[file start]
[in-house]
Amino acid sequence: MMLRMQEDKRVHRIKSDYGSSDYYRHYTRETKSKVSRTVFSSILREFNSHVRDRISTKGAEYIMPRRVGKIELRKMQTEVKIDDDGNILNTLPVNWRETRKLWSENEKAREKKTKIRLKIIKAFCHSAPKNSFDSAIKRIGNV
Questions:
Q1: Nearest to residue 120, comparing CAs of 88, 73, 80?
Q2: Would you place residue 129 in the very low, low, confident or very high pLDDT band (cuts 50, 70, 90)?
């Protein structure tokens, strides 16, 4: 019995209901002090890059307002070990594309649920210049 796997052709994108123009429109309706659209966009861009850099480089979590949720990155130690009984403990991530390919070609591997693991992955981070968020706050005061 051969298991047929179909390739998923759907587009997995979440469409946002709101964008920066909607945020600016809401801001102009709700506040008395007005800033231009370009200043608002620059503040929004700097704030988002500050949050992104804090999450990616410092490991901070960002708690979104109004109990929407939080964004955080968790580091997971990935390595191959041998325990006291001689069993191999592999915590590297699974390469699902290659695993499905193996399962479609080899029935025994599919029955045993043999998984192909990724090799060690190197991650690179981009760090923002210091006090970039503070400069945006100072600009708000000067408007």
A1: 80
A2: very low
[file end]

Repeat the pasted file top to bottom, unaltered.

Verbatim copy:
[in-house]
Amino acid sequence: MMLRMQEDKRVHRIKSDYGSSDYYRHYTRETKSKVSRTVFSSILREFNSHVRDRISTKGAEYIMPRRVGKIELRKMQTEVKIDDDGNILNTLPVNWRETRKLWSENEKAREKKTKIRLKIIKAFCHSAPKNSFDSAIKRIGNV
Questions:
Q1: Nearest to residue 120, comparing CAs of 88, 73, 80?
Q2: Would you place residue 129 in the very low, low, confident or very high pLDDT band (cuts 50, 70, 90)?
């Protein structure tokens, strides 16, 4: 019995209901002090890059307002070990594309649920210049 796997052709994108123009429109309706659209966009861009850099480089979590949720990155130690009984403990991530390919070609591997693991992955981070968020706050005061 051969298991047929179909390739998923759907587009997995979440469409946002709101964008920066909607945020600016809401801001102009709700506040008395007005800033231009370009200043608002620059503040929004700097704030988002500050949050992104804090999450990616410092490991901070960002708690979104109004109990929407939080964004955080968790580091997971990935390595191959041998325990006291001689069993191999592999915590590297699974390469699902290659695993499905193996399962479609080899029935025994599919029955045993043999998984192909990724090799060690190197991650690179981009760090923002210091006090970039503070400069945006100072600009708000000067408007």
A1: 80
A2: very low